The Midnight Line: A Jack Reacher Novel

by Lee Child

Paperback, 2018

Call number





Dell (2018), Edition: Reprint, 512 pages


Fiction. Suspense. Thriller. HTML:#1 NEW YORK TIMES BESTSELLER � Lee Child returns with a gripping new powerhouse thriller featuring Jack Reacher, �one of this century�s most original, tantalizing pop-fiction heroes� (The Washington Post). Reacher takes a stroll through a small Wisconsin town and sees a class ring in a pawn shop window: West Point 2005. A tough year to graduate: Iraq, then Afghanistan. The ring is tiny, for a woman, and it has her initials engraved on the inside. Reacher wonders what unlucky circumstance made her give up something she earned over four hard years. He decides to find out. And find the woman. And return her ring. Why not? So begins a harrowing journey that takes Reacher through the upper Midwest, from a lowlife bar on the sad side of small town to a dirt-blown crossroads in the middle of nowhere, encountering bikers, cops, crooks, muscle, and a missing persons PI who wears a suit and a tie in the Wyoming wilderness. The deeper Reacher digs, and the more he learns, the more dangerous the terrain becomes. Turns out the ring was just a small link in a far darker chain. Powerful forces are guarding a vast criminal enterprise. Some lines should never be crossed. But then, neither should Reacher. Praise for The Midnight Line  �Puts Reacher just where we want him.��The New York Times Book Review �A gem.��Chicago Tribune   �A timely, suspenseful, morally complex thriller, one of the best I�ve read this year . . . Child weaves in a passionately told history of opioids in American life. . . . Child�s outrage over it is only just barely contained.��The Philadelphia Inquirer   �A perfect example of Lee Child�s talent . . . Lee Child is the master of plotting. . . . This is Child�s most emotional book to date. . . . This is not just a good story; it is a story with a purpose and a message.��Huffington Post   �I just read the new Jack Reacher novel by Lee Child. . . . It is as good as they always are. I read every single one.��Malcolm Gladwell.… (more)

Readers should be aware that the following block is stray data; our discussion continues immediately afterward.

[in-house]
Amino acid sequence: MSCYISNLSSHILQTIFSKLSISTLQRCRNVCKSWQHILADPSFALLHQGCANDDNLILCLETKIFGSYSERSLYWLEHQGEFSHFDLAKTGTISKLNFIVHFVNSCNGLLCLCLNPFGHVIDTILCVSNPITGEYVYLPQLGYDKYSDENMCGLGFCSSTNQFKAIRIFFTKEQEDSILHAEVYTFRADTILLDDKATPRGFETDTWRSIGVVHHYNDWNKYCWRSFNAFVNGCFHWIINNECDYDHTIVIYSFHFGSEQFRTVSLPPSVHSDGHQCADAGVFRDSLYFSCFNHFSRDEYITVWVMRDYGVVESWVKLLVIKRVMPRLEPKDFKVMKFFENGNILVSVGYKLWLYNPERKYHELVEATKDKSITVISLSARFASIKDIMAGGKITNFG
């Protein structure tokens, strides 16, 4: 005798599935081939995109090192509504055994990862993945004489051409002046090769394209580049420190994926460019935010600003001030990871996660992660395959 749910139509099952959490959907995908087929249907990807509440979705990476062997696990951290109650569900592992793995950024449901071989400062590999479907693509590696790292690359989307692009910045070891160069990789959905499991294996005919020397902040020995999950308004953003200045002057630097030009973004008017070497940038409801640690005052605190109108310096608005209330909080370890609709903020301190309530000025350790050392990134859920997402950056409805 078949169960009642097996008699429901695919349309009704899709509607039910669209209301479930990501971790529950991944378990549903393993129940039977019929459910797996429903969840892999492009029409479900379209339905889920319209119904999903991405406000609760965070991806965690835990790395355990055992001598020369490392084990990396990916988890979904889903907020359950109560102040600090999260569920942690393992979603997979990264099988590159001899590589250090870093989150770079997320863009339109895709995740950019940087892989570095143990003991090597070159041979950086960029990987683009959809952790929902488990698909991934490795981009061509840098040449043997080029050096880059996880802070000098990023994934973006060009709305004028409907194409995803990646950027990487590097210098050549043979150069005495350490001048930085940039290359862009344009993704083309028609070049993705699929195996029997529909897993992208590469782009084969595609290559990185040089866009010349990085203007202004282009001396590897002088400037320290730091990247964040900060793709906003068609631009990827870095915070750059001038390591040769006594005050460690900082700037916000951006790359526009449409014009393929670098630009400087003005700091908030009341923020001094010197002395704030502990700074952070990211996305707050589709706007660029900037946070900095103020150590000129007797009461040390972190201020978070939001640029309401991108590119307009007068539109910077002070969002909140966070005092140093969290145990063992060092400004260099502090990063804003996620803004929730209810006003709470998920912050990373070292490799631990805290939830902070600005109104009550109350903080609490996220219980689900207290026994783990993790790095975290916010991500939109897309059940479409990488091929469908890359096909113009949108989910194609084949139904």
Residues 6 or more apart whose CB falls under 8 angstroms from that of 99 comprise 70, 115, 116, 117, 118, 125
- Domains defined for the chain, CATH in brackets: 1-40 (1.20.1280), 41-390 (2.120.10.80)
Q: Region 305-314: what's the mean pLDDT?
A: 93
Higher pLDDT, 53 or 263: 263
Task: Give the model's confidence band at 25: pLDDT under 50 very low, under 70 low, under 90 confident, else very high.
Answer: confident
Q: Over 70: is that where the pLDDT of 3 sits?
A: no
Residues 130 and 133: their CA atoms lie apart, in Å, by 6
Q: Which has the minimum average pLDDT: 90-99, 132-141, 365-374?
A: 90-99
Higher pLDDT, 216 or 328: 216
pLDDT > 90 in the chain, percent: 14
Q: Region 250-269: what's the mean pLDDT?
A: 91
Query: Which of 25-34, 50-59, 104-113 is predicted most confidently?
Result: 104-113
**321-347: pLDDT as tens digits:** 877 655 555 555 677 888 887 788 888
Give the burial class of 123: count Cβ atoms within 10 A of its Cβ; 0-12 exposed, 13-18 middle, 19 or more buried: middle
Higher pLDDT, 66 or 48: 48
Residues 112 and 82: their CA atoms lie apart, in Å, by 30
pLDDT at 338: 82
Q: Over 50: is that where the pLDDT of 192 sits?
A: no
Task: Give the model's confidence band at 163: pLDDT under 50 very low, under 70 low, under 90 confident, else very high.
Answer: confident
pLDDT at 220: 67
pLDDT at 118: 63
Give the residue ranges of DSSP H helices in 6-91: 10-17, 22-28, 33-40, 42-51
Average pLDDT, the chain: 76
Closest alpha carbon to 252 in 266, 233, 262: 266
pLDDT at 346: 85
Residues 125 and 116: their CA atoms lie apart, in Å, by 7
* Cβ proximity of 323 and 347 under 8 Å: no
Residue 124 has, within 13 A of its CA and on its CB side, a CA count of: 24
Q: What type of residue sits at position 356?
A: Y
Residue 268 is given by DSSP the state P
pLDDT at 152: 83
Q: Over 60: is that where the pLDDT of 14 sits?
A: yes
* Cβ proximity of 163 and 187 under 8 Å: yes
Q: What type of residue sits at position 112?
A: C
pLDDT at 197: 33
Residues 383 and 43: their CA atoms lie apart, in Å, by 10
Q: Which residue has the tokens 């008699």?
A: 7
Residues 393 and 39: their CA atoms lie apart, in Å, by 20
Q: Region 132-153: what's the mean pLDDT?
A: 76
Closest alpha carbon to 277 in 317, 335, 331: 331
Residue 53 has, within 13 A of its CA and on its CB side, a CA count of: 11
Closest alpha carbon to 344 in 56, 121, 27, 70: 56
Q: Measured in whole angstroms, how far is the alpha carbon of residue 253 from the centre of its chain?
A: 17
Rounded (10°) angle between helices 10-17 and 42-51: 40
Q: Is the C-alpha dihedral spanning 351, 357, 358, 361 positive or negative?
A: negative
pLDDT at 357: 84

User reviews

LibraryThing member rosalita
Perpetual drifter Jack Reacher is drifting about the wilds of Wisconsin when he spies a class ring from West Point in the window of a pawnshop. This offends his sensibilities since he knows how hard West Point cadets work to earn that ring, and he cannot imagine any scenario other than strife that
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would make one of them voluntarily surrender it. It's very small, clearly sized for a woman, with the initials SRS engraved inside the band. Reacher buys the ring and sets out to return it to its owner, whoever she may be. His search leads him from Wisconsin to Rapid City, South Dakota, and on to the empty stretches of Wyoming. Along the way, he manages to get involved with various elements of a drug cartel and fend off numerous hapless goons in a variety of fist fights. As one does. If you enjoy reading about the physical exploits of a man whose hands are variously described as the size of supermarket chickens, dinner plates, and Thanksgiving turkeys, you will like this one. I deducted a half-star for the choppy writing and egregious overuse of sentence fragments, which thankfully was less noticeable as the action got going. I'm worried that after 22 book-length adventures and a double handful of short stories that Child's shtick is wearing thin on me.